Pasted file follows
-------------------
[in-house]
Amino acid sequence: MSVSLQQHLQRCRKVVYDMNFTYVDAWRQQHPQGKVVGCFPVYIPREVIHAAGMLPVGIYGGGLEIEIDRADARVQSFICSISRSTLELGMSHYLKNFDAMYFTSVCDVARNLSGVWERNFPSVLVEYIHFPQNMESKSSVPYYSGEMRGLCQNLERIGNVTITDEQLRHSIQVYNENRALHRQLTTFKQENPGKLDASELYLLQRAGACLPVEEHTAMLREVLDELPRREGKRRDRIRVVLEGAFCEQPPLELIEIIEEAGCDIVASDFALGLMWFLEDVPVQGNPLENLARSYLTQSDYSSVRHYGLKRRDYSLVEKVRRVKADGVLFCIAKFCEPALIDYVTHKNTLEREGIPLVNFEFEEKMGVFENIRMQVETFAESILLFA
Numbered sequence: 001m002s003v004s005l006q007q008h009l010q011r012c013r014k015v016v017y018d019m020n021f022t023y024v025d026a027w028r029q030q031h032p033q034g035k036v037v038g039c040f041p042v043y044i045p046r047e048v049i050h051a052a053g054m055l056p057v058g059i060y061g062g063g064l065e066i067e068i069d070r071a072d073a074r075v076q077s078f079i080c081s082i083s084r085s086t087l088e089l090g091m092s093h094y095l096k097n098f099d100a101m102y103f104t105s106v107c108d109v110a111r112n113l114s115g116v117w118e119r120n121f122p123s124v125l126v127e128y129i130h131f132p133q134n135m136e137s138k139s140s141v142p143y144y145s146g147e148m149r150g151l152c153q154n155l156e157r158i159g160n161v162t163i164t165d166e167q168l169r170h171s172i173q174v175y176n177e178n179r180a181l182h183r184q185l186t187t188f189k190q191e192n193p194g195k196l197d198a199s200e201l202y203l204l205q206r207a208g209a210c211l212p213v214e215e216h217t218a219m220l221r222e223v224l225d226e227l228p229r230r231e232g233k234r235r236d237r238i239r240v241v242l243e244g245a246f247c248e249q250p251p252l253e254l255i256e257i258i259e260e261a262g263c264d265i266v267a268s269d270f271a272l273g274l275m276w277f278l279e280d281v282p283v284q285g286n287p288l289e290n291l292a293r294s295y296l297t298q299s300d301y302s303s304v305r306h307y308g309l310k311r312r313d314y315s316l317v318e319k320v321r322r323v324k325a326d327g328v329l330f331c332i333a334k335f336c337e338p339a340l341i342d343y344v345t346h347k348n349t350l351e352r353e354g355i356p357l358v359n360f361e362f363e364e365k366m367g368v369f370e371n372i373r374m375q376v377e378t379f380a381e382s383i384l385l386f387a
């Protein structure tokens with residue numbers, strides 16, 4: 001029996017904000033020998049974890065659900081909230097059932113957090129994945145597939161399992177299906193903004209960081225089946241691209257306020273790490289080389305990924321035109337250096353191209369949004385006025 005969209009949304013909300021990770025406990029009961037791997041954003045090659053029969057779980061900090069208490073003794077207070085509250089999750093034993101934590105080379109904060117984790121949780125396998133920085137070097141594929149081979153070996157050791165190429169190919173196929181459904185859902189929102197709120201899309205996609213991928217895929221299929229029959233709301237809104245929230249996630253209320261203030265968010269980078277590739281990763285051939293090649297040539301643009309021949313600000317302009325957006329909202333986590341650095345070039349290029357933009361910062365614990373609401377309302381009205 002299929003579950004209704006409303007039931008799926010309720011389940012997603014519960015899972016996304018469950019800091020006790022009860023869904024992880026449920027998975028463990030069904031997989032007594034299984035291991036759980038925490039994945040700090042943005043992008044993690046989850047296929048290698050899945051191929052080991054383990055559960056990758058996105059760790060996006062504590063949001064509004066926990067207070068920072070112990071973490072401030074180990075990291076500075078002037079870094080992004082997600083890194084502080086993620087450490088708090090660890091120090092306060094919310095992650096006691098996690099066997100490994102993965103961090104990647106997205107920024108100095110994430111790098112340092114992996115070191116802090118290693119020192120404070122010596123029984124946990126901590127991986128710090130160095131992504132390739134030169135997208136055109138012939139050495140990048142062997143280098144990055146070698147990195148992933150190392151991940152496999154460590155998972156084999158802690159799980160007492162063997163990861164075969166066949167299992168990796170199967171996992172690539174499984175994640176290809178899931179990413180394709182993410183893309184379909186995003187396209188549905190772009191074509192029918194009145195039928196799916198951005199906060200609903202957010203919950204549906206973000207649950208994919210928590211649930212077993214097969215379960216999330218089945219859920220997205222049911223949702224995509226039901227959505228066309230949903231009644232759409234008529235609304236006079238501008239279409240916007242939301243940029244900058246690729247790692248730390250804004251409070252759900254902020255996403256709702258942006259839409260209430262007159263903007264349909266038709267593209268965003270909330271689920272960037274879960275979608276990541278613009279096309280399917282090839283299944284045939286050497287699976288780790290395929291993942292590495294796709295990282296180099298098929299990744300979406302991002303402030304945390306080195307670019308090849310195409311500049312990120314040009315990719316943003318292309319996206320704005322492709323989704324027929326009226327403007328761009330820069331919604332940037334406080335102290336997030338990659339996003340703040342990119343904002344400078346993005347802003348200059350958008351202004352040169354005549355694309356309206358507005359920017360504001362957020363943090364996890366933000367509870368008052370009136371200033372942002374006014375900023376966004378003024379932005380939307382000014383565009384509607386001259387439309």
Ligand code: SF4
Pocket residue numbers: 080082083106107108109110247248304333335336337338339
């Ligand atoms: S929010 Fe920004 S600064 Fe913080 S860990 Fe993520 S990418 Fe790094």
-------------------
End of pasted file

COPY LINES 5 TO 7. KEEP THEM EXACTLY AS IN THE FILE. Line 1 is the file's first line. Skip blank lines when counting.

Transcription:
Ligand code: SF4
Pocket residue numbers: 080082083106107108109110247248304333335336337338339
């Ligand atoms: S929010 Fe920004 S600064 Fe913080 S860990 Fe993520 S990418 Fe790094």